Did you eat away your diet last summer? The good news is, your diet sucked; the bad news is, you’re probably going to gain back all the weight you lost and then some. You probably eliminated a food group or a macronutrient, thinking that you would lose some weight quickly. Likely, you got so stressed out, you ate your feelings. Maybe you set unrealistic expectations for yourself and imagined your body looking a certain way, but then you hated what you had to do to get there and ate your feelings again! Maybe you didn’t get the proper feedback on whether those goals could be met. Blame your work, your kids, your schoolwork, your family, but the bottom line is, none of them held the spoon to your mouth. The word diet holds many meanings. Basically, it’s the total of what you eat, but as we all know well, diet often refers to a restrictive course of food designed for weight loss. My point is that a diet in which you starve yourself of valuable nutrients is a recipe for failure.
The Stress Factor
If you’re going on a limited diet, you have to have your head in the right place, both before you start and afterward. Most people wait until the last possible minute to start a diet—say, a few weeks before the date they want to look good—and go on a crash regimen. Maybe they go on a carb-free diet, without working up to it. Eliminating carbs will be a shock to your body, along with the stress of crashing, and it won’t make you feel any better about yourself, especially when you get to that target day and are unhappy with your results. Another scenario is that you are able to get the body you want, but you start indulging in the foods you didn’t allow yourself to have during your three-week diet (or whatever the length). Next thing you know, you’re stuffing your face with garbage and telling yourself that it’s your cheat day or some other excuse. The situation only gets worse after your diet, as your unhealthy one-time choice turns into habitual behavior; that is, your regular diet. Then you start blaming other people, places, and things for the way you eat. Here are a few examples: 1) I don’t have time to cook. 2) My kids take all my time. 3) I don’t have enough money for healthy food. 4) I don’t like to eat (fill in a specific food or time of eating). 5) I have a slow metabolism. Sound familiar? Excuses like these contribute to unnecessary stress that will hinder your ability to change your behavior. All of that can change when you find a realistic solution and not be afraid to get some assistance.
Yup, I said it. People fail. I know handful of beautiful women who took the easy way out by having liposuction, which is a popular method of getting rid of fat stores surgically, often in the stomach or thighs. Although not all of the women gained weight right after the procedure, those who failed to follow their doctor’s orders to live a healthy lifestyle are the ones who failed. The same goes for clients of mine who start a training regimen, meet their goal, and go off on their own. A small percentage fail, but they are ones who fall back on their old habits and don’t stick with it. The mind-set gets comfortable being back where it was used to being.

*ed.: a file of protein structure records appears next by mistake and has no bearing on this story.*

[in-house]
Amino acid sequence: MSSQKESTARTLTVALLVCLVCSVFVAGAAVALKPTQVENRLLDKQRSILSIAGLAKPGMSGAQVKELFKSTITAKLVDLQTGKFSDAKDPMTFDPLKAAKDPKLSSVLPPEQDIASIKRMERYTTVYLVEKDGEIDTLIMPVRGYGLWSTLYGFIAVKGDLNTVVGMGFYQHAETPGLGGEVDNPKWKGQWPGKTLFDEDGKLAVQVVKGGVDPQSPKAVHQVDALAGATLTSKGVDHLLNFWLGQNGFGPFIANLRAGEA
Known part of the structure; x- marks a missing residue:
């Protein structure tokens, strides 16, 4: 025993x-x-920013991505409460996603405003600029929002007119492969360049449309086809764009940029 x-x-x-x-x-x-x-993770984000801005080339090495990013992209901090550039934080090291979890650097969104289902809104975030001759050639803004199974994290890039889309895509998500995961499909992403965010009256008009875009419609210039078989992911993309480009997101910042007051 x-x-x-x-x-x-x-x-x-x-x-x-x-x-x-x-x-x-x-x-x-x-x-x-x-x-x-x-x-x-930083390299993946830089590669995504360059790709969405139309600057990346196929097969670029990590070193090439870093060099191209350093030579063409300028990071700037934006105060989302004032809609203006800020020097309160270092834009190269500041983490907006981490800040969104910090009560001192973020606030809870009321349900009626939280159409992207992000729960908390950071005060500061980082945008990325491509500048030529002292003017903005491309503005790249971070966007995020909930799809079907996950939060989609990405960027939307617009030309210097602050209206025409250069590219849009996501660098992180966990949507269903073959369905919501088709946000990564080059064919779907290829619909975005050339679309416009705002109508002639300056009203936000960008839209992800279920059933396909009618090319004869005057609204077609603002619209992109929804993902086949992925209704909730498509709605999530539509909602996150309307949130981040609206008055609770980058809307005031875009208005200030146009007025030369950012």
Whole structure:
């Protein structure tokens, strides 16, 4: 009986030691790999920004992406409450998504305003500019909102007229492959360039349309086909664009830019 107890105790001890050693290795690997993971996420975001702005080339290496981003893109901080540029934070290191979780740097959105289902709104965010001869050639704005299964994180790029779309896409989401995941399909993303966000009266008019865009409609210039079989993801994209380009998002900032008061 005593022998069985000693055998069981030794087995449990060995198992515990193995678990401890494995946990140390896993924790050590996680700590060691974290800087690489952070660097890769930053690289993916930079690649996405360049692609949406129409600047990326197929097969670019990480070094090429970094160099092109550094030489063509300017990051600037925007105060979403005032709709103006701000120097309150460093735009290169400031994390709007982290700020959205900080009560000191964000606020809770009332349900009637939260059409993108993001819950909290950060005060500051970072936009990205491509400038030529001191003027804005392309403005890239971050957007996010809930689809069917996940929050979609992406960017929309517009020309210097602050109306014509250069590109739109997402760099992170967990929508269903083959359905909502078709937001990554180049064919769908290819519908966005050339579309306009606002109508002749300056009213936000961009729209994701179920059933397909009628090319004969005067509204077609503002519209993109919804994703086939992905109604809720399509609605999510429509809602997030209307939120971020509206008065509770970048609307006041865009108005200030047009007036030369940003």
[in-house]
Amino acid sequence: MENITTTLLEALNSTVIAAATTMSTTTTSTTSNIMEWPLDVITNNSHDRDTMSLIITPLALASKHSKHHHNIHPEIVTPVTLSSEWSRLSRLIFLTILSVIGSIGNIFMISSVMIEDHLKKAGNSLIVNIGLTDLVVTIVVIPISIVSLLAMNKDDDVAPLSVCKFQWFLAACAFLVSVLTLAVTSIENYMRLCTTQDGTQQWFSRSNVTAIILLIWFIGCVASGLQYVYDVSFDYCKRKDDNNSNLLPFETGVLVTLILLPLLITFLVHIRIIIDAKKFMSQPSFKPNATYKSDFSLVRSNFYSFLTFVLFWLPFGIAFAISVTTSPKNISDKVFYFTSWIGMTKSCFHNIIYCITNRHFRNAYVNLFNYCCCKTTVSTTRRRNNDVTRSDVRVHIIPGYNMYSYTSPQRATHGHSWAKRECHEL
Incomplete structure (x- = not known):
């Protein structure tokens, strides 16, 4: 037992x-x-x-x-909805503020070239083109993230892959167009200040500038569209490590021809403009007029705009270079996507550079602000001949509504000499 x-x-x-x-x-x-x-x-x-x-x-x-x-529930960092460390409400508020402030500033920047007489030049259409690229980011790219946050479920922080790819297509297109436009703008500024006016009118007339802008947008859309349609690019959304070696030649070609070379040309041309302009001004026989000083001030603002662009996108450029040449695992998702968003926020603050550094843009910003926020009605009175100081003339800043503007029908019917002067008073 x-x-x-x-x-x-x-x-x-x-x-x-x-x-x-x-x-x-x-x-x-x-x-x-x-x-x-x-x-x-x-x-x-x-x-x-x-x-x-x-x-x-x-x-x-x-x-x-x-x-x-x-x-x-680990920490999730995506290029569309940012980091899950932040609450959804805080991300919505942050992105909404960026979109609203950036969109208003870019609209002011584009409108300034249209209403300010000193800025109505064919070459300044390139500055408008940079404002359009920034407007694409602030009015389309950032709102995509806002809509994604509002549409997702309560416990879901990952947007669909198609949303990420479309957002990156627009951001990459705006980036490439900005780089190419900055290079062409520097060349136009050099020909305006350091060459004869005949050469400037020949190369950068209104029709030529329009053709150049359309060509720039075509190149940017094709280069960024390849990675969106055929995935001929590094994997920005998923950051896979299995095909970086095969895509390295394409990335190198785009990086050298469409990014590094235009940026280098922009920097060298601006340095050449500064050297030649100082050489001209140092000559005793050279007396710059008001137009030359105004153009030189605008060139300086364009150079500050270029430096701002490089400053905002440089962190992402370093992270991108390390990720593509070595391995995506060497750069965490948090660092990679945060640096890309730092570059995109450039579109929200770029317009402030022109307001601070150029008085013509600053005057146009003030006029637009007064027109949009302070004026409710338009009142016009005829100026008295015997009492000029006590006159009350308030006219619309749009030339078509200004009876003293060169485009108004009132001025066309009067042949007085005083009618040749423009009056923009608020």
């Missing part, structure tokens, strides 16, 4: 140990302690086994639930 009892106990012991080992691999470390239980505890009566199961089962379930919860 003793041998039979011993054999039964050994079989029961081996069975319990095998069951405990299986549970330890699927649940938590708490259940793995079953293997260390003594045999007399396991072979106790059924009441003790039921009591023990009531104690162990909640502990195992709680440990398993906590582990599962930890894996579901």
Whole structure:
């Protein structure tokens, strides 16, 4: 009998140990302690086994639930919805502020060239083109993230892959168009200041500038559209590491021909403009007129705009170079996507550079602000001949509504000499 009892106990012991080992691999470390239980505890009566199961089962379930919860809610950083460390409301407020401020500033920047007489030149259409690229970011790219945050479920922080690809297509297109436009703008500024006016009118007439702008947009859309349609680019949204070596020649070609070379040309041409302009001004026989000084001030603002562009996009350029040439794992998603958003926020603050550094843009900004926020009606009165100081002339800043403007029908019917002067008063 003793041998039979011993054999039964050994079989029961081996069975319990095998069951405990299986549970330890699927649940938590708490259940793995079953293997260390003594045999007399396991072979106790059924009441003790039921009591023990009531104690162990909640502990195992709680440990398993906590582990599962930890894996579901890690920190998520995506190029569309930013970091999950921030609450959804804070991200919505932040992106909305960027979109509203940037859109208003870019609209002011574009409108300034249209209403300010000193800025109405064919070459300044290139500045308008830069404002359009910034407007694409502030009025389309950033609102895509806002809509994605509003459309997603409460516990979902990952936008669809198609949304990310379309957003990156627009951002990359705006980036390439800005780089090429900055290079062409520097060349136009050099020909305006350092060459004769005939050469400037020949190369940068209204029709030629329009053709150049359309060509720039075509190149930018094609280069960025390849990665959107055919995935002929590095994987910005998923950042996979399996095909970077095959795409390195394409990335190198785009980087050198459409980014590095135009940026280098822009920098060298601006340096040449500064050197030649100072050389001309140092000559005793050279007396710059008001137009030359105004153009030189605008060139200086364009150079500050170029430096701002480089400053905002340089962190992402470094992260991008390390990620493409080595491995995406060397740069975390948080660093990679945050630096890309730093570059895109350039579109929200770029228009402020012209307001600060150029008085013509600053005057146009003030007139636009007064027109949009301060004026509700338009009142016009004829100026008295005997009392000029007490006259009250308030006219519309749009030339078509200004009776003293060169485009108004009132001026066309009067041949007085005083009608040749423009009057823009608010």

When you start a new regimen, likely you look at it as something that is short lived—a weight-loss diet—rather than one you can keep doing even without a trainer or fancy classes. With that mind-set—based on a temporary fix and not a natural habit—don’t be surprised when you find yourself on the last day of your diet scouring the gas station quick mart for salty and sweet items to fill your macro deficit. Yes, I do that after every competition—judge me—but I have also made it a habit to get back to a nutritionally rich eating style quickly. Just because you fall off the wagon doesn’t mean you need to get dragged for miles.
Have Realistic Goals and Get Help
I can’t stress this enough. Find a reliable friend or touch base with a reliable trainer who is not going to gouge you for his or her opinion. You are more than welcome to write to me and get some feedback (email@example.com). After you have considered your feedback, figure out a plan for reaching your goals in your allotted time. One of my favorite methods is to write out a detailed goal list—daily, weekly, and monthly targets. I will even take progress pictures every two weeks to see where I am. If I am on track, I stick with what I am doing. If I am not progressing, I make alterations in my workouts and nutrition. Another part of having realistic goals is to know what you want. Do you want to gain muscle? Lose weight? Compete in a show? Look good at your wedding or reunion? Feel better? Get back at your ex? (Yes, I’ve heard it all.) Whatever your goals, having that reliable friend or trainer will be invaluable in helping you get there, someone who is unbiased and doesn’t care about your feelings because you will need to hear the truth. That includes the mistakes you’ve made in the past as well as coming up with a reasonable plan to get you to your goals. Your friends will tell you what you to hear and consider your feelings, which will result in your changing nothing.
The solution is to take time to reflect on your current poor eating behavior, not go on a diet. Consider what you eat in conjunction with how you live your everyday life, and line up some sources that can help guide you toward making better choices. It’s not about taking carbs or fats out of your already poor diet but looking at your diet and how it reflects your overall health and then making some changes.
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